Thank you again, for all the love and support as we wade through the suck (as Mel put it) to get to the other side, to slowly reach acceptance and look forward to the joy that awaits in our new life together. Of being free of the albatross that was trying to make something come to fruition that just refused to materialize, no matter how we approached it, at least in carrying it so heavily. It will always be with us, but more as a specter and less as a physical load around our necks. And now with my National Board over (and scores not coming out until DECEMBER), and Bryce's class over, we can go into the warmer months with time to rediscover who we are without the quest for a baby, who we are just us two, and what our life can look like in this new reality.

Monday, May 8, 2017

The Finality Of Making The Call

It's over, officially over and the enormity and finality of our decision has me completely wrecked.

Bryce made the call to the adoption agency today saying that we were ending our journey, and I am forever grateful that he held the strength to make the first call (I say first call, because I want to call myself and thank our family advocate and get a little closure there, but I need a little space from today first).

I got the text that it was done while I was getting a haircut, and so my reaction to it didn't start until I walked to my car, to my beautiful Subaru Outback that Bryce bought me for Christmas (!) a year and a half ago so we'd have a safe and reliable car for our FutureBaby. The sadness started leaking out of my face and my breathing wasn't quite sobby but I could feel that my ability to hold myself together was going to be fleeting.

I got home, fed the cats, and walked up the stairs to the little room that's been closed up for a month or so.

I stood next to the crib and watched as my cat jumped nimbly inside, then sat on the soft carpeted floor and stared at all the HOPE that was contained in those 90 square feet, at all the LOVE and SUPPORT that filled it with everything we needed for the baby that didn't come to us before we lost the ability to keep pushing ourselves through uncertainty and loss for any more years, months, or weeks. The butt paste that expires in June that I bought in a fit of hope last year. The board books with personalized name plates that have messages to our Mystery Baby. The handmade blankets and hats and baby cocoons.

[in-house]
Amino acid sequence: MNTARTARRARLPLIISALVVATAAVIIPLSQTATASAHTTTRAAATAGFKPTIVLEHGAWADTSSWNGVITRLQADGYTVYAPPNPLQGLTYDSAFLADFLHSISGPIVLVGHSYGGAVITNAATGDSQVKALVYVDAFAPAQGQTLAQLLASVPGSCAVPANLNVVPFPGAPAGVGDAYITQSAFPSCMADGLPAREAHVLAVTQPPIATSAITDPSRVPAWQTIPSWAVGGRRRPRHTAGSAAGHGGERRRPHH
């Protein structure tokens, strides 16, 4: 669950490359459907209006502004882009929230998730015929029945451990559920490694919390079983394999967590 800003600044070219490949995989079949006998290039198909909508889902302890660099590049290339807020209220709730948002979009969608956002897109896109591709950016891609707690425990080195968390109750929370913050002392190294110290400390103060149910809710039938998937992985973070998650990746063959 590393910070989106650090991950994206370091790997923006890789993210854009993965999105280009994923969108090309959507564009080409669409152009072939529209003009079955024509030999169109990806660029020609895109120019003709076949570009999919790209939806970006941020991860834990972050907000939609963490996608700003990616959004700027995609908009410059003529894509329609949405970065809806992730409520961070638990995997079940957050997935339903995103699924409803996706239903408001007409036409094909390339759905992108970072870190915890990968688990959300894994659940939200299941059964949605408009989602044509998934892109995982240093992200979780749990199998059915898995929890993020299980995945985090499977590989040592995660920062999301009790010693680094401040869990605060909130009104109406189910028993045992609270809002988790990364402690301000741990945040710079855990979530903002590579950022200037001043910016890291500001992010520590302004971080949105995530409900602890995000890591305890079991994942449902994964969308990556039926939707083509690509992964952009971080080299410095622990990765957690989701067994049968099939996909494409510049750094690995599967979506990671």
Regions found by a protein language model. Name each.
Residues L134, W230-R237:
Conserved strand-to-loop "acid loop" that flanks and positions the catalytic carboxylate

And I cracked into a million pieces of shattered dreams and felt the loss come howling out of me, sobbing great heaving clouds of grief into the space that held so much promise. I cried a deep animal cry, nearly identical to the one that came out of me when I found out that bed rest didn't create a miracle and my HCG numbers had plummeted from the thousands to 200 when we lost the only baby that was briefly growing in the right place.

I sat there, soaking in my grief.

And then I started picking up board books and reading them. After a few that made me very, very sad, I picked up this one:

In a moment of abject sadness, this book brought me hope. Hope of a different kind. The text goes like this (by Smriti Prasadam-Halls):

I love you most, I love you best, 
Much, much more than all the rest. 

I love you tall, I love you high, 
Way up in the sunny sky. 

I love you far, I love you wide, 
From over here... ... to the other side. 

I love you low, I love you deep, 
Down where the octopuses sleep.

I love you huge, I love you vast, 
For the fun to come and the fun that's passed. 

I love you big, I love you tough, 
When the path is smooth and when it's rough. 

I love you strong, I love you small, 
Together we have it all. 

I love you wild, I love you loud, 
I shout it out and I feel proud.

I love you soft, I love you still, 
And you know I always will...

I love you close, I love you tight, 
When you're wrong ...and when you're right.